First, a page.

Does he have a set schedule with the children? Do they come to yours on a regular rota ? If so then that's what he should stick to at your home - where you can develop a family life of dad, kids and you. Not ex as well.

If he isn't prepared to do this then it's time to leave as it sounds like he still wants to be in the family unit with his ex and you will always be third fiddle .

Ignore all those who go on about 'like my own ' it's an expression that I understand given your circumstances and all that you do for them. You obviously aren't trying to replace mum .
In an ideal world you all get on, they PARENT together and you and he have a relationship together where you also help him parent when they are with you.

A year is plenty of time to be involved with the children ! Six months together is pretty standard for introducing, and if you are seeing them a lot , as your OP seems to say, then by a year you are a pretty regular fixture in their lives. So I do understand It will be hard to leave but unless he starts to separate from the physical space of his ex - you are in for a very difficult time which will become worse when you want your own children.

Who left who ?
Does ex want him back ?

Vulpine Sat 16-Feb-19 21:39:06

The mother of his kids is 'needy'! Out of interest has he told you why the relationship broke down.

QueenieInFrance Sat 16-Feb-19 21:39:59

It is not up to you to decide how much involvement your BF has with his exW or to try to make him change his level of involvement.

LOL seriously? You mean it’s ok for a man to spend everyday at his ex helping her and supporting her? It’s ok for them to more or less carry on behaving as if they were still together??
The OP has no right to decide how much involvement he has with HIS DCS. She very surely has a right to say how involved he is with HER.
She is his ex. Why would it want to spend everyday for 4 weeks at his ex rather than with the OP?

Bluntness100 Sat 16-Feb-19 21:42:18

After 1 year of dating he should not ask you to get up in the night to care for his children! You are not a babysitter or au pair

Yup, au pair is what I thought, I've a 21 year old daughter, I'd be very sad indeed if she moved in with a bloke she'd known less than a year and was doing rhe majority of thr child care when he slept through or got on about his business.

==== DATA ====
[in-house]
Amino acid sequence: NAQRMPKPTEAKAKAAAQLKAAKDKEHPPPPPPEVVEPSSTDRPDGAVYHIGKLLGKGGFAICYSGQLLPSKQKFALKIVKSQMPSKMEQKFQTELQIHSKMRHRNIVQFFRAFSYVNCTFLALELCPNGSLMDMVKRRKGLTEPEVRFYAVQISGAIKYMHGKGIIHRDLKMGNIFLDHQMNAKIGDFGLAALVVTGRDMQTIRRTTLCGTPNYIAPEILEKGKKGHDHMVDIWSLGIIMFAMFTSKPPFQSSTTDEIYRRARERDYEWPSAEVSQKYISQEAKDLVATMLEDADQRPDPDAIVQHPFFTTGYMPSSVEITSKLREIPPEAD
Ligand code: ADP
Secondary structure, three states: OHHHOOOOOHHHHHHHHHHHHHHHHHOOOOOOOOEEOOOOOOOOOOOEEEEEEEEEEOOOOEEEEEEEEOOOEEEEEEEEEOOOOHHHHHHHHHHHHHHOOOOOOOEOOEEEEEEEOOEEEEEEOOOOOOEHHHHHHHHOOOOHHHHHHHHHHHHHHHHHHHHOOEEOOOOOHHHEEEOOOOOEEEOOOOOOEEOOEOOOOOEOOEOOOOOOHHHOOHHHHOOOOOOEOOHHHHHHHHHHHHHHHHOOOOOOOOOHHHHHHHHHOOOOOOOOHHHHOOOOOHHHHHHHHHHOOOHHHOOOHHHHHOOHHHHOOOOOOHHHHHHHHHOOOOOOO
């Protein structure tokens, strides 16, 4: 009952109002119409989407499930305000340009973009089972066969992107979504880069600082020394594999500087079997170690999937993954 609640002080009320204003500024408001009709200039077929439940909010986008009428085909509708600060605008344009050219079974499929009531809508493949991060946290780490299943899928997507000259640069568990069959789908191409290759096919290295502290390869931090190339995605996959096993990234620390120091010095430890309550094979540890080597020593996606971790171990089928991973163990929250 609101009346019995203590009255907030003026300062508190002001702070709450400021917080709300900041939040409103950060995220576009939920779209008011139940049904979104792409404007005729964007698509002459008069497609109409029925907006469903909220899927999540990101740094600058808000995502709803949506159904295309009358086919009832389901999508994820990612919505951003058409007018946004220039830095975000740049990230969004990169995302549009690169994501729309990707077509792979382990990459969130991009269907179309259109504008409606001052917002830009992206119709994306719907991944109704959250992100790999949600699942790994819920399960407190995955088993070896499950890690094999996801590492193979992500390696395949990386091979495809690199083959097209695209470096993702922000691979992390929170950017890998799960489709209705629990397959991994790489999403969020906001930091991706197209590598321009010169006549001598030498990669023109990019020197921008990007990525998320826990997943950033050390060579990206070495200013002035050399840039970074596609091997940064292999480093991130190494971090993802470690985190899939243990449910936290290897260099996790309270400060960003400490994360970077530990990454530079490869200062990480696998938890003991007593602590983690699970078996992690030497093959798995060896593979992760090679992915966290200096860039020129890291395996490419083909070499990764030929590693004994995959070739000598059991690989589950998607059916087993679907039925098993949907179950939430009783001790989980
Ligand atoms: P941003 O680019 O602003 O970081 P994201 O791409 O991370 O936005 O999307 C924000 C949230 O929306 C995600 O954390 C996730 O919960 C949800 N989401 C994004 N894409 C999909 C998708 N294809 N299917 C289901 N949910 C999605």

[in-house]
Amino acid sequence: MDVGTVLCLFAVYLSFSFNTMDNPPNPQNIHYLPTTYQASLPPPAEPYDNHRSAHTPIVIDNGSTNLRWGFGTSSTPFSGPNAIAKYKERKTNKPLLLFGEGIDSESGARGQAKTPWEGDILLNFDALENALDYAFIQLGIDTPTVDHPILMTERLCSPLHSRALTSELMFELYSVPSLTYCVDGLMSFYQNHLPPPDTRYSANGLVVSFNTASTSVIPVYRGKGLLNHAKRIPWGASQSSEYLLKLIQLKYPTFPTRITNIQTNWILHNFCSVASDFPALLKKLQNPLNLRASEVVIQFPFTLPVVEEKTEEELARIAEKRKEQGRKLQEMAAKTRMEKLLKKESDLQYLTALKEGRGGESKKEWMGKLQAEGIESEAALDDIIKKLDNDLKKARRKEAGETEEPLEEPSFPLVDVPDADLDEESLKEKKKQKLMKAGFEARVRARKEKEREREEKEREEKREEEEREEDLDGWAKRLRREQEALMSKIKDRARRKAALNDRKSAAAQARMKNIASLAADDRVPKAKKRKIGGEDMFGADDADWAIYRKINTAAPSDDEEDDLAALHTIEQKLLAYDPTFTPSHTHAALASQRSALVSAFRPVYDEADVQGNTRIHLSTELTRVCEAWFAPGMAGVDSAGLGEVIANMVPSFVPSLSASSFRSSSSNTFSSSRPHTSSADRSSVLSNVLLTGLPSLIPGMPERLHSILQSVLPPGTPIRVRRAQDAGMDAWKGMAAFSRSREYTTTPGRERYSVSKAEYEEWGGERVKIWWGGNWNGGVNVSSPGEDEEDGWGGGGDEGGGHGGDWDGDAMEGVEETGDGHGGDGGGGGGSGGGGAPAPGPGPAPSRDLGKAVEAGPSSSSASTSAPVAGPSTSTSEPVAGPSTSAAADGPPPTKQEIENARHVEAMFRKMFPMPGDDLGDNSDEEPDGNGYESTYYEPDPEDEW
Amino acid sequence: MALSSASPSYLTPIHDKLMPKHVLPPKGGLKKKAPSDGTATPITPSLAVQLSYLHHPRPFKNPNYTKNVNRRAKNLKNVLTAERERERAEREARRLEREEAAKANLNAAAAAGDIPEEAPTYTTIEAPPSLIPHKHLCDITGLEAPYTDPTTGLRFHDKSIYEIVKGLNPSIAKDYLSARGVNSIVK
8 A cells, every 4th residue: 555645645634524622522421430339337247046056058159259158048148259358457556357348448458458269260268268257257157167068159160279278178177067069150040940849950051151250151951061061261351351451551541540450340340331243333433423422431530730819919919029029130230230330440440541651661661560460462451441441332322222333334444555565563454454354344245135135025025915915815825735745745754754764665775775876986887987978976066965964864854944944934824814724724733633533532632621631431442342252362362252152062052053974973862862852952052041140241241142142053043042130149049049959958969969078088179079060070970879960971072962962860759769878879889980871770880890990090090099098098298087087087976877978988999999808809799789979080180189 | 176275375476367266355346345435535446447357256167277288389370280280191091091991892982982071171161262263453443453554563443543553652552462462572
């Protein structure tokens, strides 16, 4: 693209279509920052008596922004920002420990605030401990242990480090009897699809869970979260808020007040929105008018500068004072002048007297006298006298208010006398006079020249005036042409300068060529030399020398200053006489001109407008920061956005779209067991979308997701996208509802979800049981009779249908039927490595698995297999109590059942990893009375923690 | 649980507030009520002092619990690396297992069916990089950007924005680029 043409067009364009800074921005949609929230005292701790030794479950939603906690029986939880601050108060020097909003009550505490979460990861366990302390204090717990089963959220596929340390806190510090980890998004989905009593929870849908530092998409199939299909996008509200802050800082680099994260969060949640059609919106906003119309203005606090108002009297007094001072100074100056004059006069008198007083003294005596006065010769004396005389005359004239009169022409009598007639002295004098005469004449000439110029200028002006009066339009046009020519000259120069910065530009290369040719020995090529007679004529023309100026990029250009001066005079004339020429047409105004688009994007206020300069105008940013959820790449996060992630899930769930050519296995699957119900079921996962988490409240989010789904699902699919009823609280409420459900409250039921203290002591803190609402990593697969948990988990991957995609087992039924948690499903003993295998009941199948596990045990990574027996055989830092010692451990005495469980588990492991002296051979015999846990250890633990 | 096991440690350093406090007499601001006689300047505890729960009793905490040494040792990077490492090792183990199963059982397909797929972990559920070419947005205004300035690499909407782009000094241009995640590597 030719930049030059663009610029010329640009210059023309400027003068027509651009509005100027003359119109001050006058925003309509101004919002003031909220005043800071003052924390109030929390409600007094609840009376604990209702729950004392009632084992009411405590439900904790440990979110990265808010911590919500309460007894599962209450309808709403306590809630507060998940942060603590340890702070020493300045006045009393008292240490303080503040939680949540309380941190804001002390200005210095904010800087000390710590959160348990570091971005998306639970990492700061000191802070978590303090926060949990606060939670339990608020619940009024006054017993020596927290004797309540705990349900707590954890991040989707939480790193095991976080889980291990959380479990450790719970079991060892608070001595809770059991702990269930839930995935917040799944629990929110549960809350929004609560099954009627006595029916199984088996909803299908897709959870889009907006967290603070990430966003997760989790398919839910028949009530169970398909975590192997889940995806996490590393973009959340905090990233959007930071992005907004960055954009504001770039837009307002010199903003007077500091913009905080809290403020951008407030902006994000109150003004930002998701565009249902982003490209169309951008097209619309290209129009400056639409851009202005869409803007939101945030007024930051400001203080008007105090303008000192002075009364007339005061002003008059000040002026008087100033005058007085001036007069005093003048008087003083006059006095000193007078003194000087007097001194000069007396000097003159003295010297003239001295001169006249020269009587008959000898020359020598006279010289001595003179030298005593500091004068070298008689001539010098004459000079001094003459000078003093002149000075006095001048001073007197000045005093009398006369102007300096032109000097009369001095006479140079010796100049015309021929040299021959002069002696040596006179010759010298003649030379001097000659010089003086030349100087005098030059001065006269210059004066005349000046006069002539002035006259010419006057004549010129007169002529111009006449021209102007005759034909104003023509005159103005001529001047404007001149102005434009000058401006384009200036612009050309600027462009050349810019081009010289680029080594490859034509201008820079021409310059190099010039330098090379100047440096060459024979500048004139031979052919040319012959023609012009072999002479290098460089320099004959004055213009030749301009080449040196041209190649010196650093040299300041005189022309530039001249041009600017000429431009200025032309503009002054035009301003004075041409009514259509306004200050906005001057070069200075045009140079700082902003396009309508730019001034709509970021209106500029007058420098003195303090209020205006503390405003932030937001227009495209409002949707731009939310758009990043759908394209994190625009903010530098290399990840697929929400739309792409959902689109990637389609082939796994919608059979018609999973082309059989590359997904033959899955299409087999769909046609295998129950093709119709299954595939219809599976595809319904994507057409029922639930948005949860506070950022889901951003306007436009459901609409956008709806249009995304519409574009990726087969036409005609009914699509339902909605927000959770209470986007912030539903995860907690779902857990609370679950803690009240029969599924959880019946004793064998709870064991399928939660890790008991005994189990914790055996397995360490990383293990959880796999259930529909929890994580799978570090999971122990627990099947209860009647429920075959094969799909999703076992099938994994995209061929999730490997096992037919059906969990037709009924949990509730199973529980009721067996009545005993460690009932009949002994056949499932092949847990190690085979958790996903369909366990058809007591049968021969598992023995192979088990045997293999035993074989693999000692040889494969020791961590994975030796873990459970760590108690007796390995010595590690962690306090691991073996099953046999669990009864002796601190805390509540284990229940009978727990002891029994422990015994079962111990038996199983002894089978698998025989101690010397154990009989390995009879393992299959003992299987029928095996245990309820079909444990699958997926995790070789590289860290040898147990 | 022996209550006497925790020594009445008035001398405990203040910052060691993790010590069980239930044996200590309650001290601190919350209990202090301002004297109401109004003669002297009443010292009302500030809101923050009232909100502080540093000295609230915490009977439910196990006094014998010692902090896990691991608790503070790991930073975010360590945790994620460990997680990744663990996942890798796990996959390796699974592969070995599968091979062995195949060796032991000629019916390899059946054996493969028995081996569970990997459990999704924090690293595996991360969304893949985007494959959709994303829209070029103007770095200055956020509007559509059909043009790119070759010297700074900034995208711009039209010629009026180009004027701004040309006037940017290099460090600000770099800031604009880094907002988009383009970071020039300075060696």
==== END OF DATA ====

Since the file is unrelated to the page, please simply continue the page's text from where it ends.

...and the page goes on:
At 24 , fuck me, you should be having fun, I was, night clubs, cocktails, gigs, and too short skirts, not bloody up in the night for some guys kids you've know a few months, whilst he lets you.

TowelNumber42 Sat 16-Feb-19 21:43:08

I would not be happy at that level of contact if I were you.

I would be much much more annoyed at him leaving the parenting to me when his children stay over. He doesn't live with his children any more. They are young. He should be building bonds with them by doing everything when they are with him not palming them off on his latest girlfriend .

Dippypippy1980 Sat 16-Feb-19 21:44:24

My exes new partner is actually older!

NO-one here can advise her on how to stop her boyfriend spending so much time with this ex wife. That is entirely his choice. Nor can anyone advise her how to stop him spending time with his mum.

She is determined to stay with him and do all the leg work when his young children stay.

So her only option is to ask him to reduce time with Ex wife and his mum. And stay and become increasingly annoyed if he doesn’t acquiesce.

THis seems to have bubbled up since OP lost her job (which has meant she is in the house at bedtime etc and is lumbered with nanny duty). Maybe a new job is the answer - a new life outside the home, a new career and a new focus.

TowelNumber42 Sat 16-Feb-19 21:45:55

I am guessing he left her for you. He has discovered that home life can be a drag with you too, even though you do all the childcare. She's open to taking him back, he's open to it too, hence all the time spent together. Maybe he's doing all the DIY to show that he's not a lazy arse any more (she doesn't see him failing to look after the children when they are at yours).

Singletomingle Sat 16-Feb-19 21:47:10

YANBU but he is in a no win situation. I'm sure he would happily move on but is terrified to say no in case she prevents access to his kids. I doubt he has any attachment to her but he will do anything to maintain contact with his children.